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El Toro Airport Foes Raise $750,200

Campaign: Measure W supporters say funds will be used for media blitz. Opponents say they are just organizing.


With the primary election less than two months away, supporters of the ballot measure that would kill the county's controversial plan for an El Toro airport have raised more than $750,200 in campaign contributions.

Organizers for the Yes on Measure W campaign raised $326,186 in the last three months of 2001, said Bill Kogerman, chairman of Citizens for Safe and Healthy Communities, which gathered signatures to place the anti-airport initiative on the ballot.

If approved by voters, Measure W would replace airport zoning at the 4,700-acre former Marine base with zoning for an urban park, university complex and sports fields.

"It's looking good at this point," Kogerman said. "We have a lot of people very passionate about this issue and they're not going to stop until there's a return to sanity in this process."

Kogerman said the money will be used for television advertising, posters and a direct-mail campaign: "Essentially the full media gamut."

Surprisingly, the group leading the campaign in favor of the proposed airport did not raise enough money to trigger campaign filing requirements.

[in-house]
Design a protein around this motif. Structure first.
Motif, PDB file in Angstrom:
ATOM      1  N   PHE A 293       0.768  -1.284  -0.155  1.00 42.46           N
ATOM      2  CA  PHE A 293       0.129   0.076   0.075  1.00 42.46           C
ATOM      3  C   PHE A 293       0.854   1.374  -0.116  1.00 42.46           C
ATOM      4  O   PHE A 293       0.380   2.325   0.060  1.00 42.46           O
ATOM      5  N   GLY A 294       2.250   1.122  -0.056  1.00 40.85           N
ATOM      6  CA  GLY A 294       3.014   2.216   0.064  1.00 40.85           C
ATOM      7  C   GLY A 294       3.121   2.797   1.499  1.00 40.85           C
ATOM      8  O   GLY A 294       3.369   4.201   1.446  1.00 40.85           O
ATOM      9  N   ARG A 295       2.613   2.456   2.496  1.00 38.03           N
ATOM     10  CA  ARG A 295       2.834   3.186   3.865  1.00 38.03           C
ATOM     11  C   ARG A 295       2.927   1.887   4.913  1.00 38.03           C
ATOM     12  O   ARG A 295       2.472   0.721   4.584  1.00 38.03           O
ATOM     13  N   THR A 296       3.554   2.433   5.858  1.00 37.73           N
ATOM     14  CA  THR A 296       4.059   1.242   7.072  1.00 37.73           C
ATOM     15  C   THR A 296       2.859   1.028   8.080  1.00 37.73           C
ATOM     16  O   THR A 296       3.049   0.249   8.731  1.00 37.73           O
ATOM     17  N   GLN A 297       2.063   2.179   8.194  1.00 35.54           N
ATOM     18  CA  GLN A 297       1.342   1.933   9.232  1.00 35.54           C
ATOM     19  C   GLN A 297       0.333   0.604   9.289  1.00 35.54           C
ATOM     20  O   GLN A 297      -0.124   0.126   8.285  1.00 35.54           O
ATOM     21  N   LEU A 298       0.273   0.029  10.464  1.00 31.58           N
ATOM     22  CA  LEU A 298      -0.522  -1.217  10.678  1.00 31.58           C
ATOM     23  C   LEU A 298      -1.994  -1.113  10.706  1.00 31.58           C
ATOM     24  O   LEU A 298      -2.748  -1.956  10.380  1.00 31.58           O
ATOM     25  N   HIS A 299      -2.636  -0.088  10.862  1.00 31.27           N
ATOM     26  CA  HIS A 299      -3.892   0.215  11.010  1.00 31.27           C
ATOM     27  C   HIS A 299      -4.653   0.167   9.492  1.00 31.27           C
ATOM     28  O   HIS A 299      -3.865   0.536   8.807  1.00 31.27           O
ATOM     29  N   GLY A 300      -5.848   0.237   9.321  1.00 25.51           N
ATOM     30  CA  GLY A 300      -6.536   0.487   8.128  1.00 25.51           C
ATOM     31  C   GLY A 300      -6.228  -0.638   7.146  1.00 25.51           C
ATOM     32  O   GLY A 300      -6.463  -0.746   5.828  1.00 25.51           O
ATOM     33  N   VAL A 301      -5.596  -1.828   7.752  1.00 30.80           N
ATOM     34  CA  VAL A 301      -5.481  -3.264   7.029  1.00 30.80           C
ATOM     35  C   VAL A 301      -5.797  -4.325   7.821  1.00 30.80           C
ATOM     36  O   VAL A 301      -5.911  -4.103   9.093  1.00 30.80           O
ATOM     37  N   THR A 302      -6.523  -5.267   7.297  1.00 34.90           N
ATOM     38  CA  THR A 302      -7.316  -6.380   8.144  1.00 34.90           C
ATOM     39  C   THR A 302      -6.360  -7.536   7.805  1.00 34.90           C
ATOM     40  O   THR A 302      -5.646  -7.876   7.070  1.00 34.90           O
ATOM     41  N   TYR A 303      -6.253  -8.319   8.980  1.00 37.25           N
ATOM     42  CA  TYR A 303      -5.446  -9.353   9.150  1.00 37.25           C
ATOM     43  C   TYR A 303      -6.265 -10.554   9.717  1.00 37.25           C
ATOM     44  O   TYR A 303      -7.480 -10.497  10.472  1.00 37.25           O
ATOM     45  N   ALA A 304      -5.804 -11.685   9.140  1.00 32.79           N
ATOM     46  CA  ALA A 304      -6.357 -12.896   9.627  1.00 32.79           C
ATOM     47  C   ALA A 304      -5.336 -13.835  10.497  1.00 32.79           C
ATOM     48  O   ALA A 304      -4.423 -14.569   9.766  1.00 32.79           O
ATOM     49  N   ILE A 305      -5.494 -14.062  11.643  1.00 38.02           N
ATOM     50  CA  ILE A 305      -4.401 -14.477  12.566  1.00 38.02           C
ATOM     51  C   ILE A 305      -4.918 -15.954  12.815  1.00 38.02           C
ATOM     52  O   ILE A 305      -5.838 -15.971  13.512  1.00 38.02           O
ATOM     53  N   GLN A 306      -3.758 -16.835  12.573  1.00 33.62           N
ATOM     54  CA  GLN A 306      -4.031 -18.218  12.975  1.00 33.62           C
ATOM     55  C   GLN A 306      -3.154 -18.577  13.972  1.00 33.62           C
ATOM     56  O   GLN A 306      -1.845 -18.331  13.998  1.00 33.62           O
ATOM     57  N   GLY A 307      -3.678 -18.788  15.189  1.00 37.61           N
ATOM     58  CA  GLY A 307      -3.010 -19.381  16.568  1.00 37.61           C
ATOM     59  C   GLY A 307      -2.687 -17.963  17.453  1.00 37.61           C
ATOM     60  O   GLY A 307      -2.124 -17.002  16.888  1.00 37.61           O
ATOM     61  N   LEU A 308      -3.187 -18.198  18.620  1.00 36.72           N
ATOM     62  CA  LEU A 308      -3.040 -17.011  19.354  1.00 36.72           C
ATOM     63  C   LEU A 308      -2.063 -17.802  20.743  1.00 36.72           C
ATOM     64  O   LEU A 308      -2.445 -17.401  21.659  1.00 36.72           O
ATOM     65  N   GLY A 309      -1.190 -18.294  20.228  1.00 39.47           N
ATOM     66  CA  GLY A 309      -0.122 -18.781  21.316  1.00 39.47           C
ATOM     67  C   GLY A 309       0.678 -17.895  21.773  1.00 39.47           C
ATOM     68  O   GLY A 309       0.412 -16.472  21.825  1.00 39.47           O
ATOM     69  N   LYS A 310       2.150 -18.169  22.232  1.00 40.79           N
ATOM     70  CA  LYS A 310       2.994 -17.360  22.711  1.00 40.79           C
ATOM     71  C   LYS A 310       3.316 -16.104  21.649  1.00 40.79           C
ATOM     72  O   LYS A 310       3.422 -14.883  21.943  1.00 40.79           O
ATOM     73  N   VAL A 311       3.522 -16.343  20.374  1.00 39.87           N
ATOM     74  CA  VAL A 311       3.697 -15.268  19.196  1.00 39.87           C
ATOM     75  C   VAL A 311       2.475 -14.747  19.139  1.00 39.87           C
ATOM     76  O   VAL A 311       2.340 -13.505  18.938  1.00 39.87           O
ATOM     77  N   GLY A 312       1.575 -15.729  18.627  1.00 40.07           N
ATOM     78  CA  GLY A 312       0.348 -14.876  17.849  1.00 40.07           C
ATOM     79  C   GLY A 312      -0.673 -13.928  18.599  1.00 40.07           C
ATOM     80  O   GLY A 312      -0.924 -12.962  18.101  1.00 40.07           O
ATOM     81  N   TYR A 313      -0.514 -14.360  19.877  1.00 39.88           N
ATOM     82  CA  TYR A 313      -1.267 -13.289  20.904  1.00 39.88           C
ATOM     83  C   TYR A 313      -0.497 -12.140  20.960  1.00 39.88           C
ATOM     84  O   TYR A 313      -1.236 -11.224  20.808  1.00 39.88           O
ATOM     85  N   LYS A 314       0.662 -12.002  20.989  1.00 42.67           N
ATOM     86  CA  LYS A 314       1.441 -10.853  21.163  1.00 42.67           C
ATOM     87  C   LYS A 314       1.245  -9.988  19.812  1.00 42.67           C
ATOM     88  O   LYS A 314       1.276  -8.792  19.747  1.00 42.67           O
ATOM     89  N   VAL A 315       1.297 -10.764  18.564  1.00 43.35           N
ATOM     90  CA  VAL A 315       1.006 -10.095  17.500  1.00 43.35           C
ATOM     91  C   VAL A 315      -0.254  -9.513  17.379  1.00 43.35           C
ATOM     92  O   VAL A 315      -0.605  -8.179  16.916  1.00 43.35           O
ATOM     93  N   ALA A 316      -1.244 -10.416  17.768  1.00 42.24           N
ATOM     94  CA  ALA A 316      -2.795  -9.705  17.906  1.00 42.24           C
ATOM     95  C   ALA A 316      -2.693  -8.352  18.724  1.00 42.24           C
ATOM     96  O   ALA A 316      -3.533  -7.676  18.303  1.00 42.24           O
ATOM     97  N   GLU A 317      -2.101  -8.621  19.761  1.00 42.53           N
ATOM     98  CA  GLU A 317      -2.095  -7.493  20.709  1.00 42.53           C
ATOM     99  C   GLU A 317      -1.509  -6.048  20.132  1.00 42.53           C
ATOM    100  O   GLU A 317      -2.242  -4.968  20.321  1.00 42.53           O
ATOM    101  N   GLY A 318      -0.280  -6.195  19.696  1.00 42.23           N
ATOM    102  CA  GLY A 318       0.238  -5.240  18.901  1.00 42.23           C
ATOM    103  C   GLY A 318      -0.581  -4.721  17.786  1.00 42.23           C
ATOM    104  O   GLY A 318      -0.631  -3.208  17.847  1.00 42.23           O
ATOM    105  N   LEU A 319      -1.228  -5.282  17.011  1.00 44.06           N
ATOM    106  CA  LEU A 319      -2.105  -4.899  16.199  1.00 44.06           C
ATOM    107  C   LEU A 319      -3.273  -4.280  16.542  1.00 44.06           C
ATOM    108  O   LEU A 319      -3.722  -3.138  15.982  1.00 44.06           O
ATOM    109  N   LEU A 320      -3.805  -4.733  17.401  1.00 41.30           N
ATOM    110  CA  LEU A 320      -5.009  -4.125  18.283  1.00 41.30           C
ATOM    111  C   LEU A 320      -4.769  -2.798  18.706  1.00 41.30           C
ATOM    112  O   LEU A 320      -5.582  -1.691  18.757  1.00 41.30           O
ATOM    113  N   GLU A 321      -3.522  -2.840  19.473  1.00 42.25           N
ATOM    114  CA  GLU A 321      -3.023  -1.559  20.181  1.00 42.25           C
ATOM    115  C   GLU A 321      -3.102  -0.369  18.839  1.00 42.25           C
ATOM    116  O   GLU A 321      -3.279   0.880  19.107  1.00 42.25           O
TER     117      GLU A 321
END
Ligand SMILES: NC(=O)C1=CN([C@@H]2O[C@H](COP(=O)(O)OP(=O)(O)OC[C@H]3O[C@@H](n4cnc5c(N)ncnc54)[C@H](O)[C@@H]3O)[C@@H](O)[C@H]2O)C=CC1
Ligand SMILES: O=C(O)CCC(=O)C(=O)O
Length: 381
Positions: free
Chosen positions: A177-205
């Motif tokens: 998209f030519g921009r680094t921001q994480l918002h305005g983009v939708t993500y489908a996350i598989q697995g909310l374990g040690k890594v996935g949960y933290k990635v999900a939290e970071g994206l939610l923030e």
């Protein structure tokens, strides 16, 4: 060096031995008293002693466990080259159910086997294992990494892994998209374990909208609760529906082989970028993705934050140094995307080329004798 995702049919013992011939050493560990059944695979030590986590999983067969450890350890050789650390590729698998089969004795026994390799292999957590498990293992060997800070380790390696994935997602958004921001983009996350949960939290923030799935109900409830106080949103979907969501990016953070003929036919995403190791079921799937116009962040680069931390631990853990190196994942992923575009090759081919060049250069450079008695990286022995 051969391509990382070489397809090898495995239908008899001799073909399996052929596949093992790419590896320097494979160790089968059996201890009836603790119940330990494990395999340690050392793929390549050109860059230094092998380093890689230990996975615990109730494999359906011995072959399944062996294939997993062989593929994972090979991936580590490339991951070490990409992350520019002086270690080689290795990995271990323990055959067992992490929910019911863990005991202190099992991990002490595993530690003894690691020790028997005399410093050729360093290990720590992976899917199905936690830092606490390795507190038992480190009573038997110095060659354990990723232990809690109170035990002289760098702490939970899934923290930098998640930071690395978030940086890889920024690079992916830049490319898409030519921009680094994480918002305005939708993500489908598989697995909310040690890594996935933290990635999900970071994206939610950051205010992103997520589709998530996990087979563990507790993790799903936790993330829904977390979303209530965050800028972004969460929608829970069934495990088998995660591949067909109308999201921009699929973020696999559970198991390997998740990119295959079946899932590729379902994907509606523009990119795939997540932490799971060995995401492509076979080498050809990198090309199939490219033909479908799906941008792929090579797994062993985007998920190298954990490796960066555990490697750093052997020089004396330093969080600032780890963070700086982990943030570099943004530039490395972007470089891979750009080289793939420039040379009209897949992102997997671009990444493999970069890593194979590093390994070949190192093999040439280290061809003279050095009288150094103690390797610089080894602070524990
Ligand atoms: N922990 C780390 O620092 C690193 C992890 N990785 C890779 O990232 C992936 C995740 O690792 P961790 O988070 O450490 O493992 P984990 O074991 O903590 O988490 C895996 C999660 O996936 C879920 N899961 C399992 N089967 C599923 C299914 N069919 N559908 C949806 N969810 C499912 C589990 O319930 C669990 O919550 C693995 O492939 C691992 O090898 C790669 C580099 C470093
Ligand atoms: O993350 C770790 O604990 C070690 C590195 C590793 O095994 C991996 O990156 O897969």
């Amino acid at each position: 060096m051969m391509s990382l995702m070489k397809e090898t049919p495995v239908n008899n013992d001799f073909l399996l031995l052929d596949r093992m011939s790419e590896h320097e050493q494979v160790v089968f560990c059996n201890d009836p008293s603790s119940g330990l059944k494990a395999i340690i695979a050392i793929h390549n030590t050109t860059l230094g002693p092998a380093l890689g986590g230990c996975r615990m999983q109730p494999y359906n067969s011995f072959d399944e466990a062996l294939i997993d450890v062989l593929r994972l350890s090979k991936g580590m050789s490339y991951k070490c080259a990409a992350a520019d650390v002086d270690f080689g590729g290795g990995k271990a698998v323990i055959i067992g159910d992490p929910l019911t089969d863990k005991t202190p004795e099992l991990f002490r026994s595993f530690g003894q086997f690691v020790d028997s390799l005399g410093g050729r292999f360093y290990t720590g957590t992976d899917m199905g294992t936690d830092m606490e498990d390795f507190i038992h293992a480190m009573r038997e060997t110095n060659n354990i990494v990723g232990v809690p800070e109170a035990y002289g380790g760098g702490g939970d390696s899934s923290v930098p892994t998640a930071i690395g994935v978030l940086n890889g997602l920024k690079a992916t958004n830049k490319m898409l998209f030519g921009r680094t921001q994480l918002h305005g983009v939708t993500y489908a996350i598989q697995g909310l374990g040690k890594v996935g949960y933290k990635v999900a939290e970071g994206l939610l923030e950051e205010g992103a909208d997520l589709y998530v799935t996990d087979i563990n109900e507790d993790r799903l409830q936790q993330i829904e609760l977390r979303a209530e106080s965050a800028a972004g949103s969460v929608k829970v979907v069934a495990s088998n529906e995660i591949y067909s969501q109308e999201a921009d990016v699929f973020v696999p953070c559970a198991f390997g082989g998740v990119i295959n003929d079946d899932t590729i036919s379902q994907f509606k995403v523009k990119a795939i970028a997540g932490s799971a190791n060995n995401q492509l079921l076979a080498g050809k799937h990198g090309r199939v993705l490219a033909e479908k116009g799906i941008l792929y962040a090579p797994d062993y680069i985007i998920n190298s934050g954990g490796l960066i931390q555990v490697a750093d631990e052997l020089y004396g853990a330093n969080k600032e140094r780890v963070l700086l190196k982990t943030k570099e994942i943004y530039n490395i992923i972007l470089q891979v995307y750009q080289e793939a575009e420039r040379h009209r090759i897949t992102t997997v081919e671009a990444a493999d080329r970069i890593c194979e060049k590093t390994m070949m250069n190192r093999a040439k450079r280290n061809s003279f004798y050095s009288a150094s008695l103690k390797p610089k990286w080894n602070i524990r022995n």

Bruce Nestande, who chairs Citizens for Jobs and the Economy, which has promoted an airport at El Toro since 1994, said that anti-Measure W committee was recently formed but has not raised or spent $1,000, the reporting threshold.

"We're just forming our committee now," said Nestande, a former state legislator and county supervisor. "We have begun our solicitation but we have not raised money during the reporting period for this report."

The group will be called the No On the Great Tax--Measure W, he said.

Among Orange County politicians, Dist. Atty. Tony Rackauckas raised four times as much money in 2001 as his challenger, Senior Assistant Dist. Atty. Wally Wade, campaign reports show.

Rackauckas collected $206,000 in contributions, while Wade had $48,000.

Wade's campaign stands to benefit from a $70,000 pledge from a lawyers union representing prosecutors, public defenders and county attorneys.

Orange County Supervisor Cynthia P. Coad has received $636,766 in contributions thus far for her reelection campaign, nearly six times the amount collected by challenger Chris Norby. From October through December, Coad raised $65,079.

Norby, a Fullerton councilman, has raised $121,300 so far, collecting $78,100 in the last three months of 2001.

"We're pleased, given [campaign contribution limits] and the challenge to raise money against a multimillionaire incumbent," said Norby's campaign manager, former state Sen. John Lewis.

Norby, who served three years as Fullerton mayor, opposes a commercial airport at El Toro. Coad is a member of the board's pro-airport majority.

Lewis was confident that Norby's anti-airport stance would resonate not only in the district but also in south Orange County, where anti-airport sentiment runs strong. Many of Norby's contributors were from South County.


Times staff writer Stuart Pfeifer contributed to this report.

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